Online connections reach rare disease patients around the world

VCHRI scientist’s personal experience with a rare disease broadens perspective of research

When a disease is very rare, it’s hard for researchers to find enough patients to conduct meaningful studies. Vancouver Coastal Health Research Institute (VCHRI) research scientist Dr. Bonita Sawatzky is all too familiar with this challenge. Dr. Sawatzky studies people with arthrogryposis multiplex congenita (AMC), a rare condition that affects the development of nerves and muscles very early before these children are born, resulting in conditions such as clubfoot, stiff knee or hips and/or weakened arms. People with AMC often require multiple surgeries and therapy interventions. 

“If I tried to study AMC patients in the Lower Mainland, I could only reach a handful,” says Dr. Sawatzky. “I only know of two adult patients, personally. So to get a larger sample size, I had to find a novel approach.”

Dr. Sawatzky used a powerful new tool funded by the Rick Hansen Institute. The Global Research Platform enabled her to post an online study that adults with AMC could complete.

By reaching out to AMC patients through Facebook, Twitter and online support groups, Dr. Sawatzky was able to survey 177 patients from 15 different countries. 

“Because AMC is so rare, after the childhood diagnosis and treatment, very little tracking is done to see what happens in adulthood. We knew very little about how people manage with this condition as they go through life. There are no AMC-specific clinics that follow them.”

Dr. Sawatzky’s groundbreaking study discovered that contrary to expectations, people with AMC are leading very fulfilling lives. 

“The outcome was remarkable. I was totally surprised at the data. People with AMC are doing really well despite having a significant disability and consistent pain. They just get on with life; that is their attitude.”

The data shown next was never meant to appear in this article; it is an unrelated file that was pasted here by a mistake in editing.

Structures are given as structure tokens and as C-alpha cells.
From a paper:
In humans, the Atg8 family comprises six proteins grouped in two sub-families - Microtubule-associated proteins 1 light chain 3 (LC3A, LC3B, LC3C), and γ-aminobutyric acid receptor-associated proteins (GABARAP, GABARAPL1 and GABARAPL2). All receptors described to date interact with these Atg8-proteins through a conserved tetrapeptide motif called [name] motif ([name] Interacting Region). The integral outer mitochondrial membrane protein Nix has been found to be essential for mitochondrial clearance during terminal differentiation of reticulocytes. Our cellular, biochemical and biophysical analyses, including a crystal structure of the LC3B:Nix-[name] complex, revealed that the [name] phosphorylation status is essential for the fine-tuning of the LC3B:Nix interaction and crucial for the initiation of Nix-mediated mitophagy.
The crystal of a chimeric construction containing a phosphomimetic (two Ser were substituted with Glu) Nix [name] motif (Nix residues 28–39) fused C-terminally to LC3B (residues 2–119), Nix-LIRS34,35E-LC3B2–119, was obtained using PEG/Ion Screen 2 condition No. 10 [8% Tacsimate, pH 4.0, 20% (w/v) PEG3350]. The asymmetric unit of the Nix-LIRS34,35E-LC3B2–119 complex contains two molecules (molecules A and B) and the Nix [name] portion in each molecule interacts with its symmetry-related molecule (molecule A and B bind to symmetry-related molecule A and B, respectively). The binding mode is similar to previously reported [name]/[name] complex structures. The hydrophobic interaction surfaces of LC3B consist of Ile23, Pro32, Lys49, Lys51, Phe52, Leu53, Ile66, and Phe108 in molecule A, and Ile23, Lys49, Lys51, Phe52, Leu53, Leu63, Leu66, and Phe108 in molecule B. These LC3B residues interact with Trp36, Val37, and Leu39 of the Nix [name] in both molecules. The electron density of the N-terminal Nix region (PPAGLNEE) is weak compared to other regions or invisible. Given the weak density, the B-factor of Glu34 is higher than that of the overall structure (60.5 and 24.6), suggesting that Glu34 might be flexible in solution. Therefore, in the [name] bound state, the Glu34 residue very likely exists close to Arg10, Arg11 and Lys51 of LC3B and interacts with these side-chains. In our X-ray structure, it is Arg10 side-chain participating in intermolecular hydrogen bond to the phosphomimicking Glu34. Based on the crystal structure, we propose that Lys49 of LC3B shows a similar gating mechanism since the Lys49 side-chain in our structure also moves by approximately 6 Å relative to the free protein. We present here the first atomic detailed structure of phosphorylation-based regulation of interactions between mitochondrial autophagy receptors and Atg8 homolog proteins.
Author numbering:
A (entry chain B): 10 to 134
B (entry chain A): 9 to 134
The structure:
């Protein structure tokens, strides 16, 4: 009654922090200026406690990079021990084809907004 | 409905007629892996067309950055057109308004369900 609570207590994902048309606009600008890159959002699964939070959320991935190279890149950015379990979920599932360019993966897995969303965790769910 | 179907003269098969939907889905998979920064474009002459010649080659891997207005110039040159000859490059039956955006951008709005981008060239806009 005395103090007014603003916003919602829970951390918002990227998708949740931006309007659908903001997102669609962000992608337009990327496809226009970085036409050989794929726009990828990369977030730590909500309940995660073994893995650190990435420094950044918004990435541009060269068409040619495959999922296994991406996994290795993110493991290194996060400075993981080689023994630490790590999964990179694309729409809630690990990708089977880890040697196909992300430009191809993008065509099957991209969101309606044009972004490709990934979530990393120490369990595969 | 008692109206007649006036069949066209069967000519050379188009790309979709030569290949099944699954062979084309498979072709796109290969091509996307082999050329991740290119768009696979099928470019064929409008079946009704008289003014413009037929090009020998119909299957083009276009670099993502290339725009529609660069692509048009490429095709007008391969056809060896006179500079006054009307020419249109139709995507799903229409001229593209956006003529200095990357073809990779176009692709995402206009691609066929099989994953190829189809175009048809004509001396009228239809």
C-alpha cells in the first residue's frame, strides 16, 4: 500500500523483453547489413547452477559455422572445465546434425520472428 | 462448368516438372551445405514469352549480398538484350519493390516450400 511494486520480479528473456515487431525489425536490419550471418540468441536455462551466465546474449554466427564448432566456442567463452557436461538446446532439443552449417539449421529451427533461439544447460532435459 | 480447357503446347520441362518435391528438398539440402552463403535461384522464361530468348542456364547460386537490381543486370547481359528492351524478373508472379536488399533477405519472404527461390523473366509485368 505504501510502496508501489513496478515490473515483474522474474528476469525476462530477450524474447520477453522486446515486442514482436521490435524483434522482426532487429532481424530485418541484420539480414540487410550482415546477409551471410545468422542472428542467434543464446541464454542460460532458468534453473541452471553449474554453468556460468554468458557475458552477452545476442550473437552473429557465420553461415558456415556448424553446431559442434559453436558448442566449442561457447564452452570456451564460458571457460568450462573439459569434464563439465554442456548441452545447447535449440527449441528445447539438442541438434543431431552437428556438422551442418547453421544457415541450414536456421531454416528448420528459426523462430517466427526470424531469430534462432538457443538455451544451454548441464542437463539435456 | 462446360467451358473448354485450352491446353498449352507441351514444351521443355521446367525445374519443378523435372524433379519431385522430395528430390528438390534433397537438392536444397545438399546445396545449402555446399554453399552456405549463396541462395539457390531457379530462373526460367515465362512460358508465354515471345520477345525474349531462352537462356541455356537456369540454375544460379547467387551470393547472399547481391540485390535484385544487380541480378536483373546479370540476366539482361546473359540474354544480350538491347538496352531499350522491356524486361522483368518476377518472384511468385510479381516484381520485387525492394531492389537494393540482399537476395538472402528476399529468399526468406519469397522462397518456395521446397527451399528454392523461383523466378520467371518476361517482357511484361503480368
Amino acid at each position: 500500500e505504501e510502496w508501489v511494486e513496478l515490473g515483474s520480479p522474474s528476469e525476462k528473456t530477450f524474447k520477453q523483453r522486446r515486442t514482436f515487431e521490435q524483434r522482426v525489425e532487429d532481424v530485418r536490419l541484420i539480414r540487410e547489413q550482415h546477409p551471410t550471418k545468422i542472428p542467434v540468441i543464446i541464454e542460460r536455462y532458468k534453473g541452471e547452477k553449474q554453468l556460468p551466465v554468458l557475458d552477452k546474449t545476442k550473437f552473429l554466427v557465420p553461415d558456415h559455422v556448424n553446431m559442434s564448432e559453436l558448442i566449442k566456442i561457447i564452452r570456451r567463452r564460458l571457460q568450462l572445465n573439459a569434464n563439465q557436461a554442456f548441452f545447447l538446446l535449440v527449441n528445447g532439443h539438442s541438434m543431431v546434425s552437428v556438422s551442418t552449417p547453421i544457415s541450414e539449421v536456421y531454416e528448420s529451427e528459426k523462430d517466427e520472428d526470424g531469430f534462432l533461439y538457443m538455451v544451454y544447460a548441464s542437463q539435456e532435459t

Survey respondents were three times more likely to have a graduate degree than able-bodied people, they were as likely to get married, and they had similar rates of employment. Dr. Sawatzky says they also scored very highly on emotional function testing, despite pain, surgeries and needing to use a wheelchair.

Dr. Bonita Sawatzky is a principal investigator at ICORD (International Collaboration On Repair Discoveries) and an associate professor in the Department of Orthopaedics in the Faculty of Medicine at the University of British Columbia.

Dr. Sawatzky says her study results should give parents of newly diagnosed AMC babies great comfort. 

“Being diagnosed with AMC is not a negative thing. The takeaway is that your child has a great chance of doing very well—treat them like normal kids. Support them when they need support, but don’t coddle them. Let them go for it!” 

Sawatzky says the high level of education and accomplishment found in her survey respondents has led her to consider a new research project: imaging the brains of people with AMC to find out if they are different from individuals without the condition. 

“We know that in the sub-category of amyoplasia that AMC individuals fall into, the cells in the spinal cord that control motor function somehow fail and shrink at about weeks eight to ten of fetal development. The question is, what happens to the stem cells still floating in the brain that don’t get the proper signal to attach to the motor cortex? Perhaps they connect to another part of the brain instead; one that controls problem solving and emotional function. This may account for the higher level of intellectual and emotional ability that we observe in AMC patients.”

A very personal connection to patient powered research

Dr. Sawatzky was initially reluctant to study AMC. She worried about objectivity. Why? She has the condition herself. For a long time, she felt she should not research her own condition. But she has discovered that having AMC has helped her do better research. 

“We are moving from patient engagement in research to patients actually managing research studies. It is new territory and still a bit of an uncomfortable place for me. But who better to ask the right questions and have that connection to the population than someone who is part of it? There is such a warm response from patients when they know I am one of them. They cheer me on at conferences because they trust me and feel connected to me. It encourages me to make sure I do a good job!”

Tracey Schalk, a committee member with UBC's AMC Registry committee. Both Tracy and the baby she's holding have AMC.

Dr. Sawatzky’s next step is to create an online registry of adults with AMC. This way she and her team can conduct a longitudinal study of people with AMC as they age and look at issues like mobility, what surgeries they still require and how they manage to work. For any rare disease research, Dr. Sawatzky says the online approach is the way of the future. 

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